Tests of reliability: if the measuring instrument provides consistent results, it is considered to be a reliable instrument. A reliable instrument need not necessarily be a valid instrument. For example if a scale always over measures by six kgs, it is a reliable instrument scale but one does not get a valid measure of weight. Reliability is not as crucial as validity but it becomes easier to assess reliability if it is compared to validity. If the instrument satisfies the quality of reliability, then during its usage the researcher could be confident that the transient and situational factors would not interfere.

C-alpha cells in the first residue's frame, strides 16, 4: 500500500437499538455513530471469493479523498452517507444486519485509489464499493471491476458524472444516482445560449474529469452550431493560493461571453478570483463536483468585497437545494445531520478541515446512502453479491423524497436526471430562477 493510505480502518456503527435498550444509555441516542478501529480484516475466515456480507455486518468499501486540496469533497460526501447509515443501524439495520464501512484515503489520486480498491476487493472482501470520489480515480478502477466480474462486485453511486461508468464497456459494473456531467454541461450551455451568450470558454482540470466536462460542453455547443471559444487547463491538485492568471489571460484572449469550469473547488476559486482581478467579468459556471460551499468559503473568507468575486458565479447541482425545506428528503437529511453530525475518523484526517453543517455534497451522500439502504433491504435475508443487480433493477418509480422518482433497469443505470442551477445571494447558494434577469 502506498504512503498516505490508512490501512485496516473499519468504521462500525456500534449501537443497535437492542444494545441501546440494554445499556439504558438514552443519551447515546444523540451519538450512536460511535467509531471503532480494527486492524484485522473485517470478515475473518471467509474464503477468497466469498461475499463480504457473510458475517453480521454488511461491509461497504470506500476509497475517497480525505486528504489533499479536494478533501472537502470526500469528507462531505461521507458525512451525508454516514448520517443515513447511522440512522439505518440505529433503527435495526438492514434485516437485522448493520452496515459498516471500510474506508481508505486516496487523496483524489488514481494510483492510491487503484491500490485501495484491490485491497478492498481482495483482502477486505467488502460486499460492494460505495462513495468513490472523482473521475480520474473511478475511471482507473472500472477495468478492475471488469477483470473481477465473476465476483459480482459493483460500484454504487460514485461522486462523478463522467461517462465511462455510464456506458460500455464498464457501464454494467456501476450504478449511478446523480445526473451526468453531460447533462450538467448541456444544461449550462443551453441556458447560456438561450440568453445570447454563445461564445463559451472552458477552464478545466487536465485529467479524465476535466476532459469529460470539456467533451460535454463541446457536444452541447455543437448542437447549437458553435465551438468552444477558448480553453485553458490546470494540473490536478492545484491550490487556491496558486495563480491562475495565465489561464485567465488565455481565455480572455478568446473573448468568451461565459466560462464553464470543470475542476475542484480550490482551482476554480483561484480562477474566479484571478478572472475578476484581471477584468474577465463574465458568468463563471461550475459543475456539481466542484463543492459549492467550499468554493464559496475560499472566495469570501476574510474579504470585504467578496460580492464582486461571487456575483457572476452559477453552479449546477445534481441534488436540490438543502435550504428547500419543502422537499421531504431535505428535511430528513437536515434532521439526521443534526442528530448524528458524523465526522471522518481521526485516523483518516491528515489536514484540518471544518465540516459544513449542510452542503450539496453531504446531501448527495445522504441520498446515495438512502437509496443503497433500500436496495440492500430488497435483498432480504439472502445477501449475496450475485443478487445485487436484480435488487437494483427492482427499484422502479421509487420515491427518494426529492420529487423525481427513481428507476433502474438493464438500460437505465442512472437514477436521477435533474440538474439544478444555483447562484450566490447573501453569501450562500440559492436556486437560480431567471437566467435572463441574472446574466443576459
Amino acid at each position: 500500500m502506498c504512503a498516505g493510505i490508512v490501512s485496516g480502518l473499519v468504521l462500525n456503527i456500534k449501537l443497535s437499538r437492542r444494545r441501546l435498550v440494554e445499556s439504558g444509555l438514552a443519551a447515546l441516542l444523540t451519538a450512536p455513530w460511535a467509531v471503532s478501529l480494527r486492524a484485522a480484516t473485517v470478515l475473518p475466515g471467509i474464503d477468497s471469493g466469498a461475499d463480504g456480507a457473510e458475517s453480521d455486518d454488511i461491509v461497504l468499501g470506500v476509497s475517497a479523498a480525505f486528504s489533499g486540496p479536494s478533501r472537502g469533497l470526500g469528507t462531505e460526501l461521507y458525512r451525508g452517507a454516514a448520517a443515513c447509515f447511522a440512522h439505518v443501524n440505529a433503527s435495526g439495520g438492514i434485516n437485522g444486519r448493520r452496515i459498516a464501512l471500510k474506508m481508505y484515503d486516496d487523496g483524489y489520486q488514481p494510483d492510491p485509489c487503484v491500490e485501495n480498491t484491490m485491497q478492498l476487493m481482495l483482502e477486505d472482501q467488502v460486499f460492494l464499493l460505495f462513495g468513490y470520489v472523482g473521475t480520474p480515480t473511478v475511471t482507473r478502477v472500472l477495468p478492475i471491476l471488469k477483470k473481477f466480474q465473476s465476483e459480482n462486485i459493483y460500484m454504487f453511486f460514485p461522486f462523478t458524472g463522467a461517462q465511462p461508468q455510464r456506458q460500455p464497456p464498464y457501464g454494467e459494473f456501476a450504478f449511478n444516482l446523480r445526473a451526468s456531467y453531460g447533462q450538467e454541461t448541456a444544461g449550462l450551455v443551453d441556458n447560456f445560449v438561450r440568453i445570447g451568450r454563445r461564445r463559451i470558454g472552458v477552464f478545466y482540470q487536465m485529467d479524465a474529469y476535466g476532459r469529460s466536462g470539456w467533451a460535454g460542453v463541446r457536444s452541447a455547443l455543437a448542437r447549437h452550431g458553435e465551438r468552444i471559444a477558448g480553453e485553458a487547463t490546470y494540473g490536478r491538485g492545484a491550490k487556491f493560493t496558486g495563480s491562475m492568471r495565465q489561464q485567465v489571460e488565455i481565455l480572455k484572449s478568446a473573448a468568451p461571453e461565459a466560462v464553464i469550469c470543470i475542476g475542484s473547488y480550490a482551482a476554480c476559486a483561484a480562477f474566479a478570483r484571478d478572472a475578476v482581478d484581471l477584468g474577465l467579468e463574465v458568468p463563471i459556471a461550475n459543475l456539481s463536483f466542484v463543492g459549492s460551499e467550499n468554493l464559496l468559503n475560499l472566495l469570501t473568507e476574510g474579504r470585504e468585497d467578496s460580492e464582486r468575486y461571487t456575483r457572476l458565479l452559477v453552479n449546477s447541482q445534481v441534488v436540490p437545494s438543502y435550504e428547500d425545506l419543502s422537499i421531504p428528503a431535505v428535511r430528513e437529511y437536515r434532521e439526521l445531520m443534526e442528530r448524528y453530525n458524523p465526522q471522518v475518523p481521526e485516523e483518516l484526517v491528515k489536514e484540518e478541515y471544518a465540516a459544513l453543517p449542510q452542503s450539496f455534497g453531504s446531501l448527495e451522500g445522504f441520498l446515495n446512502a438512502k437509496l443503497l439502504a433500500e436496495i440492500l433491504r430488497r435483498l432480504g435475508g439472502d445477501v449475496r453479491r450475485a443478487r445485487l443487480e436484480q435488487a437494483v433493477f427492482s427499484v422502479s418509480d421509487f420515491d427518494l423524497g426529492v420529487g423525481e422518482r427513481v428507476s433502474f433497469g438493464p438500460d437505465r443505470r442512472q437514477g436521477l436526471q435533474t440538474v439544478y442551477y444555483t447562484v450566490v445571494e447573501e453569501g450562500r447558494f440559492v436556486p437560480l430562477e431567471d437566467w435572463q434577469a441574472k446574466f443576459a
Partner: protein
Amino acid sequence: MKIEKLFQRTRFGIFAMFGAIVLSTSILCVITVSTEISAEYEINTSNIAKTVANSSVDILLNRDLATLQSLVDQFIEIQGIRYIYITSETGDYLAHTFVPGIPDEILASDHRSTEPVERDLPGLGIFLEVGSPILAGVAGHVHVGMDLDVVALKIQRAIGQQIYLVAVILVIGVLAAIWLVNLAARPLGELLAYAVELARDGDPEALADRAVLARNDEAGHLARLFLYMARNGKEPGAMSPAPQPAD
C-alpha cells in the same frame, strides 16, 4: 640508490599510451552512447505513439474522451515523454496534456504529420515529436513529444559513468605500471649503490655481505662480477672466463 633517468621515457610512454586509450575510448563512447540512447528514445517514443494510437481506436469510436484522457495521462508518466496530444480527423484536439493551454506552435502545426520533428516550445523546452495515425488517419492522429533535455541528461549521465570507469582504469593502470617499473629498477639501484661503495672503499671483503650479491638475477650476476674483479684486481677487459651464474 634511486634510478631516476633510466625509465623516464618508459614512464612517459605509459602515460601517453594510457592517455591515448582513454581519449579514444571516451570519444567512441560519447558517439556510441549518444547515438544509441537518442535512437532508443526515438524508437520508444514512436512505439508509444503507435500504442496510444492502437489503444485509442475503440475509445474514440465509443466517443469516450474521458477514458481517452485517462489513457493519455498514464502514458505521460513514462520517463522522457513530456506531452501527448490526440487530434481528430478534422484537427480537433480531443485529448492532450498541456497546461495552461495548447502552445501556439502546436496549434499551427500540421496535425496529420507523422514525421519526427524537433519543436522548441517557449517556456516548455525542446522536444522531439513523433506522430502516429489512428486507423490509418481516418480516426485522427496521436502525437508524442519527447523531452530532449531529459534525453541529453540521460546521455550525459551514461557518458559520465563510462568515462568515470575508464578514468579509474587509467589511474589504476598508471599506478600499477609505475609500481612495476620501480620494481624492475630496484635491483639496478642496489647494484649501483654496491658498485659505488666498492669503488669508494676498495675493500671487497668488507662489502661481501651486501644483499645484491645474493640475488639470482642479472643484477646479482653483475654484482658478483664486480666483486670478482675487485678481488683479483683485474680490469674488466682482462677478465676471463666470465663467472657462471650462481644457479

Reliability could be improved in two ways:
If the conditions are standardized under which the measurement takes place, the researcher must ensure that the sources of variation that are external like boredom, exhaustion are lessened to the maximum extent possible, whereby improving stability feature.
By careful designing directions for measurement with no group to group variation, by making use of trained and motivated individuals for the purpose of conducting the research and also by broadening the sample of used items. This would enhance the quality of equivalence aspect.